One Big Thing
There is a popular narrative that has been around forever but has received even more attention since the pandemic began: that of the zero sum game between wealthy landlords and less well-off tenants. The problem with this narrative is that it is largely untrue. About half of the 43 million rental units in the US are owned by small businesses. If those small businesses fail, large Wall Street investors stand ready to pick up the pieces and consolidate assets in the rental market, which could be a negative development for a market that already has major affordability issues. From Bloomberg (emphasis mine):
Small investors own much of the naturally occurring affordable housing in the U.S. If they’re forced to sell or abandon properties, more of the market might wind up in the hands of Wall Street firms, some of which have built up large portfolios of rental properties over the last decade or so. New owners with deeper pockets might opt to reposition low-income units to target wealthier occupants.
“Landlords are not a popular class of business people, for valid reasons and not,” Barry Zigas (senior fellow at the Consumer Federation of America) says. “But that obscures what’s now the very symbiotic relationship of renters and owners.”
It makes sense that there would be a large amount of animosity between landlords and tenants at a time when both are experiencing a high level of economic hardship. However, once-fringe ideas like a national rent strike that are being seized on by opportunistic politicians will only make matters worse. If it comes to pass, this will likely have a negative impact on already-stretched affordability by consolidating more naturally-occurring affordable housing units under the ownership of large corporate landlords and reducing competition.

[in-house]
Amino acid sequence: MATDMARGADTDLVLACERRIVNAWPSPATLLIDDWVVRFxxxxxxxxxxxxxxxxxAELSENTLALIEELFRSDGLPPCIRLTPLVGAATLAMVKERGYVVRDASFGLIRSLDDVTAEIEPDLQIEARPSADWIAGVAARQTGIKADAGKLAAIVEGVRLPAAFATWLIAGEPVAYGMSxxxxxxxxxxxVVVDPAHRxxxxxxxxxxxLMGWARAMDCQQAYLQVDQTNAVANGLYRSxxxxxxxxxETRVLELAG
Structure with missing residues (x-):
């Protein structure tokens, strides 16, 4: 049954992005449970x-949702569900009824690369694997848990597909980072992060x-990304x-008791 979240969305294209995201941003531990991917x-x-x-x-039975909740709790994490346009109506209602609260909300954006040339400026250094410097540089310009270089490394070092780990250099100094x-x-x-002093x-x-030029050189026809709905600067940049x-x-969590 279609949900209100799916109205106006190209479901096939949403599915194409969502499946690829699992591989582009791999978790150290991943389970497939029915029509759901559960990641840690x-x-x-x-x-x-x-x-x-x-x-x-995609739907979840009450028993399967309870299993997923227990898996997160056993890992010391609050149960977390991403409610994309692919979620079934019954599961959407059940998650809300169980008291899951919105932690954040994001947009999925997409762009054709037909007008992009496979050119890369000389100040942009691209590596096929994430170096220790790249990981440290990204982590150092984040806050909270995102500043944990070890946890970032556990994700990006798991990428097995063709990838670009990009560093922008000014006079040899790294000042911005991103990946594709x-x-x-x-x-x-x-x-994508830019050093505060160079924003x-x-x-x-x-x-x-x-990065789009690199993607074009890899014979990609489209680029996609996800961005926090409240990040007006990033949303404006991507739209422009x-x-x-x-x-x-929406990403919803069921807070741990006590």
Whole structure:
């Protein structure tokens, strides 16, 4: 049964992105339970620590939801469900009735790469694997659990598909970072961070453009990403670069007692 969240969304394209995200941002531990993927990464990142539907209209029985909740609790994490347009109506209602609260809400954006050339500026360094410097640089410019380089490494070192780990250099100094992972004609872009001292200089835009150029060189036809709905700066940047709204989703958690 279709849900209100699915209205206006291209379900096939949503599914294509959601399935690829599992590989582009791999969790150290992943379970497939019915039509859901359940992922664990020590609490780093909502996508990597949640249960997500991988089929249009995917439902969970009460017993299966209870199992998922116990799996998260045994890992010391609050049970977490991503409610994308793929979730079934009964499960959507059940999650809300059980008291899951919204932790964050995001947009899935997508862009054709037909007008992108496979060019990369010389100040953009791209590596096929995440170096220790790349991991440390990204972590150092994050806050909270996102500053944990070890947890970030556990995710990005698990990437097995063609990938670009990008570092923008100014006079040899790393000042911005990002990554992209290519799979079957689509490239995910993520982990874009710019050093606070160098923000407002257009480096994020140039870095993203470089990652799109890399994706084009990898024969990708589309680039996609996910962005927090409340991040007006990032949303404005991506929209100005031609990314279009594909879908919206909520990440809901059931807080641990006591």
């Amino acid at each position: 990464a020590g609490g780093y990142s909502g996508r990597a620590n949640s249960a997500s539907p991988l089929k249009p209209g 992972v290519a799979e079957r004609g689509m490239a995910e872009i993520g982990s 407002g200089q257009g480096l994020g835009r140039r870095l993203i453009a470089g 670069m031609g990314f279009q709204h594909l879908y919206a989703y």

What I’m Reading
Yikes: LA County is now looking to keep its stay-at-home order in place for the next three months. If other urban areas follow suit, this summer and fall could be a very chaotic time in the economy.
Uniquely Exposed: Perhaps no place in America faces more post COVID fallout then Manhattan. From the NY Times:
Manhattan has the largest business district in the country, and its office towers have long been a symbol of the city’s global dominance. With hundreds of thousands of office workers, the commercial tenants have given rise to a vast ecosystem, from public transit to restaurants to shops. They have also funneled huge amounts of taxes into state and city coffers.
But now, as the pandemic eases its grip, companies are considering not just how to safely bring back employees, but whether all of them need to come back at all. They were forced by the crisis to figure out how to function productively with workers operating from home — and realized unexpectedly that it was not all bad.
If that’s the case, they are now wondering whether it’s worth continuing to spend as much money on Manhattan’s exorbitant commercial rents. They are also mindful that public health considerations might make the packed workplaces of the recent past less viable.
Lagging Indicator: Even in a run-of-the-mill recession, it typically takes two or more years for employment to recover.
Time to Walk? With tourism imploding and lenders wary, some hotel developers are starting to consider whether it is time to send their construction lenders the keys to partially finished projects.
Chart of the Day
The historical correlation between unemployment rate and mortgage delinquency is very high. So far, enhanced unemployment and forbearance has held delinquencies down but this cant’ last forever.
Source: Oxford Economics
Gratitude: A woman was arrested for battering her husband with a bouquet of Mother’s Day flowers because Florida.
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